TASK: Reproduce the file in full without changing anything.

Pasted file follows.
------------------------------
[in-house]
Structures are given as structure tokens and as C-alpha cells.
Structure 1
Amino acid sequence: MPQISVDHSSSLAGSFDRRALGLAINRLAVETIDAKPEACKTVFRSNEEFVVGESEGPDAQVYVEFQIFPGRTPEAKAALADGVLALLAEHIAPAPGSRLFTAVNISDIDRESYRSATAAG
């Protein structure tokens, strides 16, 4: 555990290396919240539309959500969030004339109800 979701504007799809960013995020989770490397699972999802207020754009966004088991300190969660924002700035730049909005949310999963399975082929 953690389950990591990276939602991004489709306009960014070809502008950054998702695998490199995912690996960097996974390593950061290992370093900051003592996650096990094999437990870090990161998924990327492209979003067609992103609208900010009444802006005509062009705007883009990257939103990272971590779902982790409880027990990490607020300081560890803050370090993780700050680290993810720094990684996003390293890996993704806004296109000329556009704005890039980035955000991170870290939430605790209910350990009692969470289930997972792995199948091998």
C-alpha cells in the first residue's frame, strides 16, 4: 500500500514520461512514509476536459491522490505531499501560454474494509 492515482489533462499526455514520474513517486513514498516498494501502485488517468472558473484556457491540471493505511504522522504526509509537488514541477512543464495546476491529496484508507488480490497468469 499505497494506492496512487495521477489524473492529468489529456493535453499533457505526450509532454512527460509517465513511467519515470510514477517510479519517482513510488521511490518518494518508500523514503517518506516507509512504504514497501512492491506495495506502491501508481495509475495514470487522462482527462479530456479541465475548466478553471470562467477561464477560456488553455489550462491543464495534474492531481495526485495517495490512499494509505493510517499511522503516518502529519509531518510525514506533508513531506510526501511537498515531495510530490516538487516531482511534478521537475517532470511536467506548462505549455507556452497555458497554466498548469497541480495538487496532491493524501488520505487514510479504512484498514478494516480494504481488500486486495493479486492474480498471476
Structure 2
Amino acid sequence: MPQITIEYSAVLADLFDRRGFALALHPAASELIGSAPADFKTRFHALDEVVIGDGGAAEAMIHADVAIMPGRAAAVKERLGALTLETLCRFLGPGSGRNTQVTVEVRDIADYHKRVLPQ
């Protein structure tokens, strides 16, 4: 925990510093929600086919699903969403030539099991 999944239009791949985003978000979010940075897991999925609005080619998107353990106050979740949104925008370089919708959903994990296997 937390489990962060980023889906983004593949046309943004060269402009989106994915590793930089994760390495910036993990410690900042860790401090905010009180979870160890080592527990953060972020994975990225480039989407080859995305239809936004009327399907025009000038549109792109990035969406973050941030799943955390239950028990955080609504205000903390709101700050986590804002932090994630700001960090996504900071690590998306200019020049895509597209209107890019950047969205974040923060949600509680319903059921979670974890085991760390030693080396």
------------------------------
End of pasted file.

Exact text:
[in-house]
Structures are given as structure tokens and as C-alpha cells.
Structure 1
Amino acid sequence: MPQISVDHSSSLAGSFDRRALGLAINRLAVETIDAKPEACKTVFRSNEEFVVGESEGPDAQVYVEFQIFPGRTPEAKAALADGVLALLAEHIAPAPGSRLFTAVNISDIDRESYRSATAAG
């Protein structure tokens, strides 16, 4: 555990290396919240539309959500969030004339109800 979701504007799809960013995020989770490397699972999802207020754009966004088991300190969660924002700035730049909005949310999963399975082929 953690389950990591990276939602991004489709306009960014070809502008950054998702695998490199995912690996960097996974390593950061290992370093900051003592996650096990094999437990870090990161998924990327492209979003067609992103609208900010009444802006005509062009705007883009990257939103990272971590779902982790409880027990990490607020300081560890803050370090993780700050680290993810720094990684996003390293890996993704806004296109000329556009704005890039980035955000991170870290939430605790209910350990009692969470289930997972792995199948091998």
C-alpha cells in the first residue's frame, strides 16, 4: 500500500514520461512514509476536459491522490505531499501560454474494509 492515482489533462499526455514520474513517486513514498516498494501502485488517468472558473484556457491540471493505511504522522504526509509537488514541477512543464495546476491529496484508507488480490497468469 499505497494506492496512487495521477489524473492529468489529456493535453499533457505526450509532454512527460509517465513511467519515470510514477517510479519517482513510488521511490518518494518508500523514503517518506516507509512504504514497501512492491506495495506502491501508481495509475495514470487522462482527462479530456479541465475548466478553471470562467477561464477560456488553455489550462491543464495534474492531481495526485495517495490512499494509505493510517499511522503516518502529519509531518510525514506533508513531506510526501511537498515531495510530490516538487516531482511534478521537475517532470511536467506548462505549455507556452497555458497554466498548469497541480495538487496532491493524501488520505487514510479504512484498514478494516480494504481488500486486495493479486492474480498471476
Structure 2
Amino acid sequence: MPQITIEYSAVLADLFDRRGFALALHPAASELIGSAPADFKTRFHALDEVVIGDGGAAEAMIHADVAIMPGRAAAVKERLGALTLETLCRFLGPGSGRNTQVTVEVRDIADYHKRVLPQ
């Protein structure tokens, strides 16, 4: 925990510093929600086919699903969403030539099991 999944239009791949985003978000979010940075897991999925609005080619998107353990106050979740949104925008370089919708959903994990296997 937390489990962060980023889906983004593949046309943004060269402009989106994915590793930089994760390495910036993990410690900042860790401090905010009180979870160890080592527990953060972020994975990225480039989407080859995305239809936004009327399907025009000038549109792109990035969406973050941030799943955390239950028990955080609504205000903390709101700050986590804002932090994630700001960090996504900071690590998306200019020049895509597209209107890019950047969205974040923060949600509680319903059921979670974890085991760390030693080396």